WIPO Committee Continues Discussions on Legal Protection for TK

20 December 2002


Extensive discussions continued at the fourth meeting of the WIPO [World Intellectual Property Organization] Intergovernmental Committee (IGC) on Intellectual Property and Genetic Resources, Traditional Knowledge and Folklore on 9-17 December on possible ways of providing legal protection for traditional knowledge (TK) and folklore, including through the use of databases, a multilateral sui generis system and disclosure requirements for country of origin, benefit sharing and prior informed consent in patent application.

As one observer noted, the discussions at the meeting seemed less "lively" than before, adding that the Committee "almost seemed to be running out of steam". The observer speculated that this could be a sign that countries might need more time to consider their positions on the kind of system for TK protection that would be appropriate for them. Others believe that it is time to change the group's mandate from study to negotiations mode, arguing that they are unwilling to spend more efforts on a process that had no mandate to advance toward adequate solutions on the relationship between intellectual property rights and genetic resources and the protection of TK and folklore.

Databases as a means of protecting TK

Following on from previous meetings, countries considered the use of databases as a means of protecting TK. Many developed countries believe that such databases provide the best means of protecting TK, and that the registration of TK should be promoted. The information contained in these databases should be made available to the public. Many developing countries, in particular those represented in the Group of Countries of Latin America and the Caribbean (GRULAC), were cautious regarding the use of databases for TK protection. While not necessarily rejecting the idea outright, they noted that it should not be a requirement that TK has been catalogued in order for it to be protected. Furthermore, the information kept in the databases should be confidential for use by patent officers only for the purpose of prior art examination, and as a means of preserving TK. Information should only be included with the prior informed consent of TK holders, even if it was already in the public domain as such knowledge might have been acquired with the use of deceptive practices.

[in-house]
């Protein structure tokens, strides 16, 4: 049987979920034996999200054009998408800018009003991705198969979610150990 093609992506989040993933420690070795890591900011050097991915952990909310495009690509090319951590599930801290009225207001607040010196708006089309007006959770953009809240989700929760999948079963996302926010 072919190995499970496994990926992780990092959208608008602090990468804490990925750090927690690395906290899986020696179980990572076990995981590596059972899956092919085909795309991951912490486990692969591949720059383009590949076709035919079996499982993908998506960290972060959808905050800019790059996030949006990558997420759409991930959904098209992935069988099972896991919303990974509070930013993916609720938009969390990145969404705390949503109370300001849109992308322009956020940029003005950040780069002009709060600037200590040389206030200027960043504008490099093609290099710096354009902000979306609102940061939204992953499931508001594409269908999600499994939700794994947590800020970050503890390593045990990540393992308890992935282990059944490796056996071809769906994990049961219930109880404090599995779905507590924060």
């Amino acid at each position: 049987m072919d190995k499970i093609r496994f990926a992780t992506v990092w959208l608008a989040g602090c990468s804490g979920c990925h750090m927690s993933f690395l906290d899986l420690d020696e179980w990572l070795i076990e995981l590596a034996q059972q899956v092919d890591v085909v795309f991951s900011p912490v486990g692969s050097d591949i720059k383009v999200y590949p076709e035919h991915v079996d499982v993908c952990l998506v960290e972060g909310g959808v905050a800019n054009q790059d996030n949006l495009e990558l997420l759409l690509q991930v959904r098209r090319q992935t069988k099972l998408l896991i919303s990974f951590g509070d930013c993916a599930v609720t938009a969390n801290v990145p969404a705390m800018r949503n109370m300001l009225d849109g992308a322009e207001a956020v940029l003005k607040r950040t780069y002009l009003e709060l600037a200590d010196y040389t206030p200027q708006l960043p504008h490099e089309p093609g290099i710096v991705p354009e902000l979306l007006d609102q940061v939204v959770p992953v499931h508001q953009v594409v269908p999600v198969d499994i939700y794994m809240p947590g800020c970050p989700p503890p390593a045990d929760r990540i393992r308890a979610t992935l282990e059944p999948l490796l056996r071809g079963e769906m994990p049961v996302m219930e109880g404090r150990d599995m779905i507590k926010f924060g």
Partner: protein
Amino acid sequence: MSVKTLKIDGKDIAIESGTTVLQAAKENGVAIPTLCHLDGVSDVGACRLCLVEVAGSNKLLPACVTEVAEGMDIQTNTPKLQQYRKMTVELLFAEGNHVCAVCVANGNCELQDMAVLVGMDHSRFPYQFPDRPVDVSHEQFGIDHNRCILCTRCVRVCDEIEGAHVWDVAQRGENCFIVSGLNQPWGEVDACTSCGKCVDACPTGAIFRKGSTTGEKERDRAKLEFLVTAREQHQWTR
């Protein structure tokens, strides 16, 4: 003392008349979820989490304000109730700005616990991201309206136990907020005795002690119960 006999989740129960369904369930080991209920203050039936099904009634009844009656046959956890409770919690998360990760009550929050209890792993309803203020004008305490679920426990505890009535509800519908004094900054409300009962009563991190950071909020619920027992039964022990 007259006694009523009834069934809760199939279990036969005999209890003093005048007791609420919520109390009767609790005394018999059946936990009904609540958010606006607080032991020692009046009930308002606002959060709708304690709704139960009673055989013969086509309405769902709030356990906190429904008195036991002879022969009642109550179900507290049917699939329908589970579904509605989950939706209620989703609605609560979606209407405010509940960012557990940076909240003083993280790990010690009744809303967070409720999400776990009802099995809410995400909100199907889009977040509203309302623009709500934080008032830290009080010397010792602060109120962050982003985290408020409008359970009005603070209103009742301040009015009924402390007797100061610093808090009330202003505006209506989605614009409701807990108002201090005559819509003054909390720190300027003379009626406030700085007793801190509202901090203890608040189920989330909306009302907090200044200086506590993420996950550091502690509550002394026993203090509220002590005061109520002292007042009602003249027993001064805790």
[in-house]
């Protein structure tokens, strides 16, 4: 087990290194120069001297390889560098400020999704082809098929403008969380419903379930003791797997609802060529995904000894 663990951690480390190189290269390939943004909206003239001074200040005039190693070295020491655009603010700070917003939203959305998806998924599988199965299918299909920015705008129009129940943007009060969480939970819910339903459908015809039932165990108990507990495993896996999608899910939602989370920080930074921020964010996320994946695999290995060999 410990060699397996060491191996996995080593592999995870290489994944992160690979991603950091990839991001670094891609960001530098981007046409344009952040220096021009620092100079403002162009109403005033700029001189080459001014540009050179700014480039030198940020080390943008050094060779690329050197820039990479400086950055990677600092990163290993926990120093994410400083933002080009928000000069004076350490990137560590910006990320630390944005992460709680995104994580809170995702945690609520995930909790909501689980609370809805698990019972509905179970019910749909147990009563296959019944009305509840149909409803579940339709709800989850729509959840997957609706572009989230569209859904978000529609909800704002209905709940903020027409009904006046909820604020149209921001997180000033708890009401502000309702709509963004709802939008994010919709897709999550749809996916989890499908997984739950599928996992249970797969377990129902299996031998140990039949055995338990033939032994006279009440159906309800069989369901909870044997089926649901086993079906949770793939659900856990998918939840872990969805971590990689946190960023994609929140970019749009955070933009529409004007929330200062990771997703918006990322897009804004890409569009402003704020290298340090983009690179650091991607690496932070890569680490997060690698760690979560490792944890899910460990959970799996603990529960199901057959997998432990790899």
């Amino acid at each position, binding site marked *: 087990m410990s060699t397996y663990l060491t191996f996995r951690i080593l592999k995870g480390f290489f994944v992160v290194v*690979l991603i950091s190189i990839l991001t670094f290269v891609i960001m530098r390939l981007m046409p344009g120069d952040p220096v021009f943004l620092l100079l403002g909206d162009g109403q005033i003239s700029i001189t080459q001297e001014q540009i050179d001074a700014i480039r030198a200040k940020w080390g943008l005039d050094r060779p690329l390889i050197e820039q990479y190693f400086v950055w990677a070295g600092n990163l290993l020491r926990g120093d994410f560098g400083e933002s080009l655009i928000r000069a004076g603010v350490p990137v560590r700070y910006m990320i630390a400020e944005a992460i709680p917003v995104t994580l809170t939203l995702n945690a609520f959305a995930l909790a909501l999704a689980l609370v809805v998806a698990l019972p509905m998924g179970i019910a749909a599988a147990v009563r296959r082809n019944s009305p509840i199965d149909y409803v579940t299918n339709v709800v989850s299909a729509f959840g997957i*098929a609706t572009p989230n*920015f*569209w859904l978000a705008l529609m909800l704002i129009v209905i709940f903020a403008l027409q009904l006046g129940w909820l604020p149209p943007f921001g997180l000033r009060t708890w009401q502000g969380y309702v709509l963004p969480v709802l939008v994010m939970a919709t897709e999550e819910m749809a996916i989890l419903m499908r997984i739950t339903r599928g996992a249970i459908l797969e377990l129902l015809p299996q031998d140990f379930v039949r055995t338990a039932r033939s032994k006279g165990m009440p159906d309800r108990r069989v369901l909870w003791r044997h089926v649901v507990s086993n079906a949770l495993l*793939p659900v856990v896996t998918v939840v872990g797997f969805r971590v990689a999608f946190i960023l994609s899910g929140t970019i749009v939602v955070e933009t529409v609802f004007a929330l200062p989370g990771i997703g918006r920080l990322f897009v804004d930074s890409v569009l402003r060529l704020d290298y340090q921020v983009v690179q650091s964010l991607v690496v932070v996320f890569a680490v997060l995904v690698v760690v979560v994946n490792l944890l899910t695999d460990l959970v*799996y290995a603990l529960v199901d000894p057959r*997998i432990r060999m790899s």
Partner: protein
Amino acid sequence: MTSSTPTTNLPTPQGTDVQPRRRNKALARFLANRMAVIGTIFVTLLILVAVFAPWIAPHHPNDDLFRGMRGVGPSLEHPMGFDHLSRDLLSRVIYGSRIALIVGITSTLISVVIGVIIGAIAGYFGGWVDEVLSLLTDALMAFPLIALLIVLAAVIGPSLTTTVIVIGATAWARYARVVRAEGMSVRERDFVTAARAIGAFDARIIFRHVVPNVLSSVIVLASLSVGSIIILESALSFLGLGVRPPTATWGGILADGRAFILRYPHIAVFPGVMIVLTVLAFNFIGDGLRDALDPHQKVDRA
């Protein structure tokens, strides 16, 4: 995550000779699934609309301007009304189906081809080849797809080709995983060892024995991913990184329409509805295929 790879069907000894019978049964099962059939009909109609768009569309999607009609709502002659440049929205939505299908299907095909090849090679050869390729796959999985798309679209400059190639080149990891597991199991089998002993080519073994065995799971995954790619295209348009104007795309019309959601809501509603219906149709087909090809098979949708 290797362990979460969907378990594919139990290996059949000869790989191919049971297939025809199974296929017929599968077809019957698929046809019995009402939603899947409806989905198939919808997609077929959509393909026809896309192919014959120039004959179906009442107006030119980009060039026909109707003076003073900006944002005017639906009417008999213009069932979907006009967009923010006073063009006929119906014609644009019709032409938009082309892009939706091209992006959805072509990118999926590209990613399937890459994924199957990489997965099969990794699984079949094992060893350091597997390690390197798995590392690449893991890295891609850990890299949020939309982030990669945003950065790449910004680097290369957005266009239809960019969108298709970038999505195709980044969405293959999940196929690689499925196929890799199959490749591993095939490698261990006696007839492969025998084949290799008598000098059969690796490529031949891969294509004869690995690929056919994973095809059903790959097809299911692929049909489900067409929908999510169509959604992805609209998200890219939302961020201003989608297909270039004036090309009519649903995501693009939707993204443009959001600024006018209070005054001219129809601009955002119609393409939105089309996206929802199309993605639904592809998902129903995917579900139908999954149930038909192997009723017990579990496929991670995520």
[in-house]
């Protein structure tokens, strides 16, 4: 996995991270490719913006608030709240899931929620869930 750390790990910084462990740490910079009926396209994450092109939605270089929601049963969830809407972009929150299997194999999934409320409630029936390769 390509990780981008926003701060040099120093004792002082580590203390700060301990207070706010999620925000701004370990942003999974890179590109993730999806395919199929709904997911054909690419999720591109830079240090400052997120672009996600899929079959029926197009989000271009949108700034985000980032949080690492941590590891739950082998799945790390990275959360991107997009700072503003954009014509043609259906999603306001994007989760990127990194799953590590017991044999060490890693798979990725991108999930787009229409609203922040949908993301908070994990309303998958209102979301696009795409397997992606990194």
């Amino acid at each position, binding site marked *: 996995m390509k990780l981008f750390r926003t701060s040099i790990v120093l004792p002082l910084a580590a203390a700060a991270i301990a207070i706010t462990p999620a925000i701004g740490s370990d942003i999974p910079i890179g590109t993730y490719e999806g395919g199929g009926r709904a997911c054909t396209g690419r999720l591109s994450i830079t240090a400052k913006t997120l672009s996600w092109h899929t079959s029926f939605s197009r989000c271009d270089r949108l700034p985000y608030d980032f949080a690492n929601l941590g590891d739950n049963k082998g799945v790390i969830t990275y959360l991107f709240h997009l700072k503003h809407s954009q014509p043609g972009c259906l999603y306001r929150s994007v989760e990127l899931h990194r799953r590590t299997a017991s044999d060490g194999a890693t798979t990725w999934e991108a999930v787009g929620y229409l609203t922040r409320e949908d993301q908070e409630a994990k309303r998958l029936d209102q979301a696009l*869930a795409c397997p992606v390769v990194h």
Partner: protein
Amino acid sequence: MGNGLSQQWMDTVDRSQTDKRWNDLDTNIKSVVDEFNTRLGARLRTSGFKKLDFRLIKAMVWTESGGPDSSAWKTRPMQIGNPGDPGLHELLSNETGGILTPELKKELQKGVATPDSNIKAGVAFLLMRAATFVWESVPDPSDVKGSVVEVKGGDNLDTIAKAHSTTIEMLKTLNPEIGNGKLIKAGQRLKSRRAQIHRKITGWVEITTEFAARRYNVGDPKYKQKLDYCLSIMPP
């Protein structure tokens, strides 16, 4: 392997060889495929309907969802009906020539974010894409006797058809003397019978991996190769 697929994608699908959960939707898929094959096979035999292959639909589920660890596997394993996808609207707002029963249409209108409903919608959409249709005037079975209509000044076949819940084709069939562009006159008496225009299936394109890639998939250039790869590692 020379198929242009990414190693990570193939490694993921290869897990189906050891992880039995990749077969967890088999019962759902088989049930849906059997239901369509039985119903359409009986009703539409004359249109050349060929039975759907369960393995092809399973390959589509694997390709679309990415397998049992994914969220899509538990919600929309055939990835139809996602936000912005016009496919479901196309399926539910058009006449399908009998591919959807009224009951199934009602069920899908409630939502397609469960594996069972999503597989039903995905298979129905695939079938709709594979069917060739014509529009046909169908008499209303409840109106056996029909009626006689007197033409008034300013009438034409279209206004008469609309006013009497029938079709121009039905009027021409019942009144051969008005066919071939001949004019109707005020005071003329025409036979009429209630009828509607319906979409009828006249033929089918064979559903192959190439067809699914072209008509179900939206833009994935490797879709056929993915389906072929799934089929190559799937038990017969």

Multilateral sui generis system of protection

Discussions continued on the need for developing a multilateral sui generis system for TK protection (see BRIDGES Trade BioRes, 27 June 2002). Venezuela, supported by many developing countries, called for a document to be prepared that contained some more concrete elements of such a system. The countries argued that these elements had already been discussed sufficiently and had been integrated in national legislation, and that it was now time to move to a more proactive stage in the discussion on what could actually be included. Most developed countries, however, believed that there was a need to study the issue further, e.g. by encouraging members to present their legislation to the IGC, and that sui generis systems should be restricted to the national level.

Coordination with other bodies

Many developing countries stressed the need for the work of the IGC to be taken into account by other WIPO bodies, in particular the Standing Committee on the Law of Patents where the Dominican Republic on behalf of a group of countries and Brazil have submitted proposals calling for flexibility to implement measures in pursuit of public policy objectives, including those related to TK protection and biodiversity (see BRIDGES Trade BioRes, 11 December 2002). The IGC's work would also need to be synchronised with other forums dealing with similar issues, including the WTO Council for Trade-related Aspects of Intellectual Property Rights (TRIPs) to ensure that discussions at WIPO did not prejudge the outcomes of possible negotiations on traditional knowledge and biodiversity-related issues in the WTO.

Financing of indigenous representatives

Among the more political issues at the meeting was the issue of increased funding to facilitate the participation of representatives from indigenous communities. While Brazil and other developing countries supported additional financing, the proposal was blocked by the US. The Secretariat suggested that a study could be conducted on the possibility of financing in 2004-2005. Funding, however, was urgently needed at this stage of the discussions, one source noted, as the IGC would hold its last meeting in June 2003 and would then decide on how to proceed.

"Call of the Earth" initiative officially launched

On the sidelines of the WIPO meeting, a group of indigenous peoples experts took the opportunity to officially launch the "Call of the Earth" initative (see BRIDGES Trade BioRes, 21 November 2002). The imitative aims at the protection intellectual property (IP) and TK of indigenous peoples by initiating discussions on IP topics that have been identified as important by indigenous peoples in various international forums in an effort to shape conceptual approaches, policies and practices for future interventions in IP public policy development.

ICTSD reporting.

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